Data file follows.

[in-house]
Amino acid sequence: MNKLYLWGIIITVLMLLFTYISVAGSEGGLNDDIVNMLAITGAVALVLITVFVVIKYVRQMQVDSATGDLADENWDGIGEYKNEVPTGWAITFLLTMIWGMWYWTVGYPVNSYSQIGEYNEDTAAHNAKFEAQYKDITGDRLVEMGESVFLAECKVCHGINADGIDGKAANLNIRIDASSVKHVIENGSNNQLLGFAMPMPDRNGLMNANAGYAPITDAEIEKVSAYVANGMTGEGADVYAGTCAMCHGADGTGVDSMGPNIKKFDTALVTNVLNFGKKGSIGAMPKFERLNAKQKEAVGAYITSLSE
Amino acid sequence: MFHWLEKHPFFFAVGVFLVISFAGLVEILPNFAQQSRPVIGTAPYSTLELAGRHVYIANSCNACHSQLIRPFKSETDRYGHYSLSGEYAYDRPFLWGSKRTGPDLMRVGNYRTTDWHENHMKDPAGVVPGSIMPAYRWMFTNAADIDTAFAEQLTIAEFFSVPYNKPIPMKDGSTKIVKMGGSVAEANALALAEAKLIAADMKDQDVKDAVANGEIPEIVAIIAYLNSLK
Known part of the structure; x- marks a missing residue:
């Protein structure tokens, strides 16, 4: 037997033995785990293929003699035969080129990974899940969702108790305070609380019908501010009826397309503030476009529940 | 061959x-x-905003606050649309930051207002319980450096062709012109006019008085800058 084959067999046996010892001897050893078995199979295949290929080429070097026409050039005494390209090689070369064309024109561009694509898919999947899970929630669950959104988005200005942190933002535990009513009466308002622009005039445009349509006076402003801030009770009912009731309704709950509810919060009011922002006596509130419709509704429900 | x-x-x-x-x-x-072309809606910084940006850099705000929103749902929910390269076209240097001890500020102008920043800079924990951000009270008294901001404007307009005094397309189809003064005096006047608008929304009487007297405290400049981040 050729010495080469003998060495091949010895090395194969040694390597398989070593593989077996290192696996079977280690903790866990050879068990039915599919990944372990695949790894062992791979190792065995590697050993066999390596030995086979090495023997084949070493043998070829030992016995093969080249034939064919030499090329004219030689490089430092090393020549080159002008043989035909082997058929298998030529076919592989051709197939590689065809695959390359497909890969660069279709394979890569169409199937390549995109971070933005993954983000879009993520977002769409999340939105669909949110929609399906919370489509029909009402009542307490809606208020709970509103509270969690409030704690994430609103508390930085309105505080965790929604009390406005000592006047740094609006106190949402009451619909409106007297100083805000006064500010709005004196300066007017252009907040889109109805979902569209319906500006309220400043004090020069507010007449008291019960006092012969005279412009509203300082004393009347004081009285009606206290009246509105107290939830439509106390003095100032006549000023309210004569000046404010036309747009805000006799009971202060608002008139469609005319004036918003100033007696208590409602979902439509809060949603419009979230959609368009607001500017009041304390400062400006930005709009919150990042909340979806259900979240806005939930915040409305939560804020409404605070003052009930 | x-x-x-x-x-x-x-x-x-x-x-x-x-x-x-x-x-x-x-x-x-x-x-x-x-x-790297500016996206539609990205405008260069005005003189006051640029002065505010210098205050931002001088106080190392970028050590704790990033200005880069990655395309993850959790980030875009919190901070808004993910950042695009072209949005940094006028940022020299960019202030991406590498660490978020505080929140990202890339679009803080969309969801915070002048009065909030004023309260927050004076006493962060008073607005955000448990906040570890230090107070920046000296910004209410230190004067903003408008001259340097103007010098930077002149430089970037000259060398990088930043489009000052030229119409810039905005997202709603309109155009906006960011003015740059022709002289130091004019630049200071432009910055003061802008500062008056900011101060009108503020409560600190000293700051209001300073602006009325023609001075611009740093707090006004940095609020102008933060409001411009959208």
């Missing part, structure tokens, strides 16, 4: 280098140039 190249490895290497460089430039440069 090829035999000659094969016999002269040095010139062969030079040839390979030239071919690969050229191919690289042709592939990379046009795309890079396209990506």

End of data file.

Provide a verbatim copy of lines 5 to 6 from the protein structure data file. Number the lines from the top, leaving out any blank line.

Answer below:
């Protein structure tokens, strides 16, 4: 037997033995785990293929003699035969080129990974899940969702108790305070609380019908501010009826397309503030476009529940 | 061959x-x-905003606050649309930051207002319980450096062709012109006019008085800058 084959067999046996010892001897050893078995199979295949290929080429070097026409050039005494390209090689070369064309024109561009694509898919999947899970929630669950959104988005200005942190933002535990009513009466308002622009005039445009349509006076402003801030009770009912009731309704709950509810919060009011922002006596509130419709509704429900 | x-x-x-x-x-x-072309809606910084940006850099705000929103749902929910390269076209240097001890500020102008920043800079924990951000009270008294901001404007307009005094397309189809003064005096006047608008929304009487007297405290400049981040 050729010495080469003998060495091949010895090395194969040694390597398989070593593989077996290192696996079977280690903790866990050879068990039915599919990944372990695949790894062992791979190792065995590697050993066999390596030995086979090495023997084949070493043998070829030992016995093969080249034939064919030499090329004219030689490089430092090393020549080159002008043989035909082997058929298998030529076919592989051709197939590689065809695959390359497909890969660069279709394979890569169409199937390549995109971070933005993954983000879009993520977002769409999340939105669909949110929609399906919370489509029909009402009542307490809606208020709970509103509270969690409030704690994430609103508390930085309105505080965790929604009390406005000592006047740094609006106190949402009451619909409106007297100083805000006064500010709005004196300066007017252009907040889109109805979902569209319906500006309220400043004090020069507010007449008291019960006092012969005279412009509203300082004393009347004081009285009606206290009246509105107290939830439509106390003095100032006549000023309210004569000046404010036309747009805000006799009971202060608002008139469609005319004036918003100033007696208590409602979902439509809060949603419009979230959609368009607001500017009041304390400062400006930005709009919150990042909340979806259900979240806005939930915040409305939560804020409404605070003052009930 | x-x-x-x-x-x-x-x-x-x-x-x-x-x-x-x-x-x-x-x-x-x-x-x-x-x-790297500016996206539609990205405008260069005005003189006051640029002065505010210098205050931002001088106080190392970028050590704790990033200005880069990655395309993850959790980030875009919190901070808004993910950042695009072209949005940094006028940022020299960019202030991406590498660490978020505080929140990202890339679009803080969309969801915070002048009065909030004023309260927050004076006493962060008073607005955000448990906040570890230090107070920046000296910004209410230190004067903003408008001259340097103007010098930077002149430089970037000259060398990088930043489009000052030229119409810039905005997202709603309109155009906006960011003015740059022709002289130091004019630049200071432009910055003061802008500062008056900011101060009108503020409560600190000293700051209001300073602006009325023609001075611009740093707090006004940095609020102008933060409001411009959208």
């Missing part, structure tokens, strides 16, 4: 280098140039 190249490895290497460089430039440069 090829035999000659094969016999002269040095010139062969030079040839390979030239071919690969050229191919690289042709592939990379046009795309890079396209990506």